Death and taxes are famously inevitable but the collection of revenue can sometimes be tinged with mercy. In one case, a carer who was coping with the loss of both her parents when her self-assessment tax return was due was excused from having to pay £1,300 in late submission penalties.
The self-employed therapist and counsellor had for several years looked after her mother, who had suffered a series of strokes, and her father, who had bowel cancer. The couple died within months of each other and, when she received a notice requiring her to file her tax return, she was in the midst of her bereavement and struggling to sort out their affairs whilst at the same time making a living.
In the circumstances, she missed the final date for filing her tax return by almost eight months and was issued with the penalties. HM Revenue and Customs refused to waive them on the basis that she had managed to run her business during her time of trial and it was her responsibility to deal with her tax affairs efficiently.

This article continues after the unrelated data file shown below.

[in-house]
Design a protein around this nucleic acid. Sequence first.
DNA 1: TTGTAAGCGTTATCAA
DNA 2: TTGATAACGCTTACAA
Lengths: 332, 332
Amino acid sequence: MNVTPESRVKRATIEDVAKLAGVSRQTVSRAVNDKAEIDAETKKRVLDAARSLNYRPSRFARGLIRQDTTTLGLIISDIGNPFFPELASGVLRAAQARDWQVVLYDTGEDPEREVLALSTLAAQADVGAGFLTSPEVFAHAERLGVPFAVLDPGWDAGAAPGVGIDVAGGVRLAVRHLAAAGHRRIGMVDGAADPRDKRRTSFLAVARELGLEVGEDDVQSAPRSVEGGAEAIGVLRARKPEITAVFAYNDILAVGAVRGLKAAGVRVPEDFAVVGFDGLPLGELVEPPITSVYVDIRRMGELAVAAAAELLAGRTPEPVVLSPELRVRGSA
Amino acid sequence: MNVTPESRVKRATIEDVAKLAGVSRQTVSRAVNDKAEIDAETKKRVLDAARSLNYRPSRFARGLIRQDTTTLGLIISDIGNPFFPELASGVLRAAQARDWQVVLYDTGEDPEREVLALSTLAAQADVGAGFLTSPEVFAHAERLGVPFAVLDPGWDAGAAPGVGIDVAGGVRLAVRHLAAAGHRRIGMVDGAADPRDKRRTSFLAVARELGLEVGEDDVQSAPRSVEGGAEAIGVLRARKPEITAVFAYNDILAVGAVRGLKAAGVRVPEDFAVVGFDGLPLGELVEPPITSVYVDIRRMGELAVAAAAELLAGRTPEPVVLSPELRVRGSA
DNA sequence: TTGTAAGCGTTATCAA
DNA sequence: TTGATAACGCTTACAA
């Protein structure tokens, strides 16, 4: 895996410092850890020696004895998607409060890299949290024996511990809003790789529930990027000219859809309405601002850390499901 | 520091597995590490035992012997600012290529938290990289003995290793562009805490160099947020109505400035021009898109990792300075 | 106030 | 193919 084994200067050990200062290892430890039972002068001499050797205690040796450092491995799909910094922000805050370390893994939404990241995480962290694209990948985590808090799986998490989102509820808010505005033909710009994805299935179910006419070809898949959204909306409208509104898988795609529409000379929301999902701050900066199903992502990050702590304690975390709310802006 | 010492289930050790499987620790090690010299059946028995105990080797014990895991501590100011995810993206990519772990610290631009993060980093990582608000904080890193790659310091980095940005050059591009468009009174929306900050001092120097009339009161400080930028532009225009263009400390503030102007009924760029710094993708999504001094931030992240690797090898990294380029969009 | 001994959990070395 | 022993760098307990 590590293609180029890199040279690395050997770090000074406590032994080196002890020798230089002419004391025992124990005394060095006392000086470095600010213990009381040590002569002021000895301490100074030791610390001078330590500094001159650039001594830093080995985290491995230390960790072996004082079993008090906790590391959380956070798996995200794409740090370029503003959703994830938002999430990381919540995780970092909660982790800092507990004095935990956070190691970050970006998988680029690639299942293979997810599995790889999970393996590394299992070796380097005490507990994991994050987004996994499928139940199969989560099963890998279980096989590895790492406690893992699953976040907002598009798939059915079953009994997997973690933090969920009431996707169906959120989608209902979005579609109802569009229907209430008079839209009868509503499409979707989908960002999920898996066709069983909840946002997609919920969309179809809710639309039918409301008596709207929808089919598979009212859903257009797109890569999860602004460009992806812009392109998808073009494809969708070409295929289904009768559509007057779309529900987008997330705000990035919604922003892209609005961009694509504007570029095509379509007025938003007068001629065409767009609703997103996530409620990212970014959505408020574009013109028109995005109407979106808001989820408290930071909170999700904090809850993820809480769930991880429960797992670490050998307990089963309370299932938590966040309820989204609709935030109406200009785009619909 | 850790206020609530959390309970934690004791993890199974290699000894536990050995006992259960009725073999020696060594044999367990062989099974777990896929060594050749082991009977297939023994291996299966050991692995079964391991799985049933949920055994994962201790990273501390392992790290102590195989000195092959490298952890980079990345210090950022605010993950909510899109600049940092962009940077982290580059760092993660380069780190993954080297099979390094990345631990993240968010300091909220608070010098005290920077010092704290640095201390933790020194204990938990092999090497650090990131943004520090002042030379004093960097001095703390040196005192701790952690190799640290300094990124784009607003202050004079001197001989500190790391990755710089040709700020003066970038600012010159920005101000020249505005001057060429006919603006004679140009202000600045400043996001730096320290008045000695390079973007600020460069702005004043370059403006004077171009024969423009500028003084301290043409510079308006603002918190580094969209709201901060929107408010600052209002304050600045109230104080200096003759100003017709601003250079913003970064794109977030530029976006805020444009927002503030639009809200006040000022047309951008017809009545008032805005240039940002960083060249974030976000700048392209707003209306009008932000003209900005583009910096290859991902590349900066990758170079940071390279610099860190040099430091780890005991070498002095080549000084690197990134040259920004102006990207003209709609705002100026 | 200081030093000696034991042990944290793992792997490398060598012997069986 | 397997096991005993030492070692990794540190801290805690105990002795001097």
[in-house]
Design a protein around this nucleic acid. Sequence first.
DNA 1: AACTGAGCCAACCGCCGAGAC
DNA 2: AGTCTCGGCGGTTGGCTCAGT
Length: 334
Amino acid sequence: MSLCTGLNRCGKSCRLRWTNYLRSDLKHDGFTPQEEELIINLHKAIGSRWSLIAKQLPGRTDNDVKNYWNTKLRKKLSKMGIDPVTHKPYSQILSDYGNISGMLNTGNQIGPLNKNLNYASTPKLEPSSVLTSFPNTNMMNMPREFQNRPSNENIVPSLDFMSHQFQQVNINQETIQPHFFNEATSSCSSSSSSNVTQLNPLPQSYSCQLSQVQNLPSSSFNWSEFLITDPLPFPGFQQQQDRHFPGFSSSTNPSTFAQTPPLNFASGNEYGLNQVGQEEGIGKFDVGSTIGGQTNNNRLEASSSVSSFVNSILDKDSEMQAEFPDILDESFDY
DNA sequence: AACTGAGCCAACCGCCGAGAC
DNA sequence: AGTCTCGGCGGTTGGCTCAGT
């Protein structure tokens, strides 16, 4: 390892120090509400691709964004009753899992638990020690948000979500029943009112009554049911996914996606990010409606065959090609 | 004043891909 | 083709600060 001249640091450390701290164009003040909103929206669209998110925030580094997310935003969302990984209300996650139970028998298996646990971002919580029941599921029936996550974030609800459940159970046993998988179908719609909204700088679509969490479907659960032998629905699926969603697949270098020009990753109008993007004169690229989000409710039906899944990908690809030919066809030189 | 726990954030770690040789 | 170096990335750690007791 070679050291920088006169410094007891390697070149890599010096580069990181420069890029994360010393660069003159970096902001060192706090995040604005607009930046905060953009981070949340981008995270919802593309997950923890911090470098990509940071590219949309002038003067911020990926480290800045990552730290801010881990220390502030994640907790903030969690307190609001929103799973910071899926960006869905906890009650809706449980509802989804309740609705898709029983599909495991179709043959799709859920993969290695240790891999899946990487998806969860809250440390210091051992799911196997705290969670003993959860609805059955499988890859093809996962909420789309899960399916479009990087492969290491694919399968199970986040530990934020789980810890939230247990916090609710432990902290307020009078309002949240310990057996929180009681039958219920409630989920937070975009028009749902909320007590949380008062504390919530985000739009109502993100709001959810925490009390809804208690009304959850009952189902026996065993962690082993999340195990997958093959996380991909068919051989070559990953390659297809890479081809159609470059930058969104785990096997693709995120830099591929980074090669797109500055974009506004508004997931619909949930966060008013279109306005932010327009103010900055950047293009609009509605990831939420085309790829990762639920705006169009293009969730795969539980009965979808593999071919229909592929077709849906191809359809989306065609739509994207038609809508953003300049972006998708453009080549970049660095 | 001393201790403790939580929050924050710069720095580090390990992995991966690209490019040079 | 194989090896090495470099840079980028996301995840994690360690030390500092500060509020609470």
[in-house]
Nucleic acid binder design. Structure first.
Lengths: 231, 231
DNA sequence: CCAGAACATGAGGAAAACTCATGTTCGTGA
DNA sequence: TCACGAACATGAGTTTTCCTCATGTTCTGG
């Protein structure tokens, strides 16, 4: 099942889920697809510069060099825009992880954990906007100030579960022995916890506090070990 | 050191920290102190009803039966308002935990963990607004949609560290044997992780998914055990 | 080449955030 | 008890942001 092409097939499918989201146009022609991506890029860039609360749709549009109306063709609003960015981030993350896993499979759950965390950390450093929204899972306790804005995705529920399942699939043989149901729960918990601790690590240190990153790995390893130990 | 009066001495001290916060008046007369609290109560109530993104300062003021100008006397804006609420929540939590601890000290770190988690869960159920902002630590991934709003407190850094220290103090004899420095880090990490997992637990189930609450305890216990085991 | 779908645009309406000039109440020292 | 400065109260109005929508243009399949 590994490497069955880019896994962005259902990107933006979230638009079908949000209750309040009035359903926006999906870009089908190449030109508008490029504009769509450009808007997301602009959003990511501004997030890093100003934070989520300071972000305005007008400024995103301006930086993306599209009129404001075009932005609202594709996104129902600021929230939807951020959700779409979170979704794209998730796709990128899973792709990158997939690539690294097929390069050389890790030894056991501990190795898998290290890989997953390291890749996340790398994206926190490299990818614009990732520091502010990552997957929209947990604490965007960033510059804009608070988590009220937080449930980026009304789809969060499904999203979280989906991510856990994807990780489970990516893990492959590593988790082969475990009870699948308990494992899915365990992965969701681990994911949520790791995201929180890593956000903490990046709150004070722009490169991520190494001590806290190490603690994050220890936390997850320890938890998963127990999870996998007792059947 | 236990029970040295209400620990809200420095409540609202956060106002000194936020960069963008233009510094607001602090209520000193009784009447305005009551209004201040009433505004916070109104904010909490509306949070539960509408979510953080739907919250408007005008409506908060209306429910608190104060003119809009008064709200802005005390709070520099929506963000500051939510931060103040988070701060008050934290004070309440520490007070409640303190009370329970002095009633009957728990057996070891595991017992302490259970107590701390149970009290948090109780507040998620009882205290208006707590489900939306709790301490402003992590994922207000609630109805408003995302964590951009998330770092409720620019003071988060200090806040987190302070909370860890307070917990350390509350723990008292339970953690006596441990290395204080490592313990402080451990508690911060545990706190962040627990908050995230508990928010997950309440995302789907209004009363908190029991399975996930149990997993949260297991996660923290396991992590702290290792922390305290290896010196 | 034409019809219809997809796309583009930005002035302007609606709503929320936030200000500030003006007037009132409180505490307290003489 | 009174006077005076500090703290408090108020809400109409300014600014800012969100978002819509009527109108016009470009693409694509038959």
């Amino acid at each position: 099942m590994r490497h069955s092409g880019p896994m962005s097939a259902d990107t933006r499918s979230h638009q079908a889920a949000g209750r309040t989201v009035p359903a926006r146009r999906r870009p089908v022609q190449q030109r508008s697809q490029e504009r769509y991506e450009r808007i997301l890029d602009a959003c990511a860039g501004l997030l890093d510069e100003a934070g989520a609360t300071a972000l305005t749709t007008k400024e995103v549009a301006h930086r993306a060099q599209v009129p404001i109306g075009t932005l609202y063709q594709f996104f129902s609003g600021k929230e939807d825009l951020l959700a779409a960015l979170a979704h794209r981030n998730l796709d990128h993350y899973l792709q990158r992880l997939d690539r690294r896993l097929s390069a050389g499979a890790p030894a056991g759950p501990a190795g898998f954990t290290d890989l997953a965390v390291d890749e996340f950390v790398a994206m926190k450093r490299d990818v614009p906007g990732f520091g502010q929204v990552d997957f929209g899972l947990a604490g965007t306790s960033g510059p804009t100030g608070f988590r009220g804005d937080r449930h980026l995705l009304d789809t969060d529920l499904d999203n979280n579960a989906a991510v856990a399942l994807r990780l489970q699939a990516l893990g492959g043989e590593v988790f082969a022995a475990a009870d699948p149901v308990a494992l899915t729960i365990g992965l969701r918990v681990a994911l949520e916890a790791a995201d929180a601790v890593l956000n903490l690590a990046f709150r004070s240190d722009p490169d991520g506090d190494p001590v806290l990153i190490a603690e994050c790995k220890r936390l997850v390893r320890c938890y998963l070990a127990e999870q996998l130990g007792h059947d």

In upholding her appeal, however, the First-tier Tribunal found that she had a reasonable excuse for the delay in filing her return. Caring for her suffering and dying parents had taken up every minute of her time that was not devoted to her clients. Once she had managed to get her parents’ affairs in order, she had swiftly taken control of her own paperwork. The penalties were overturned.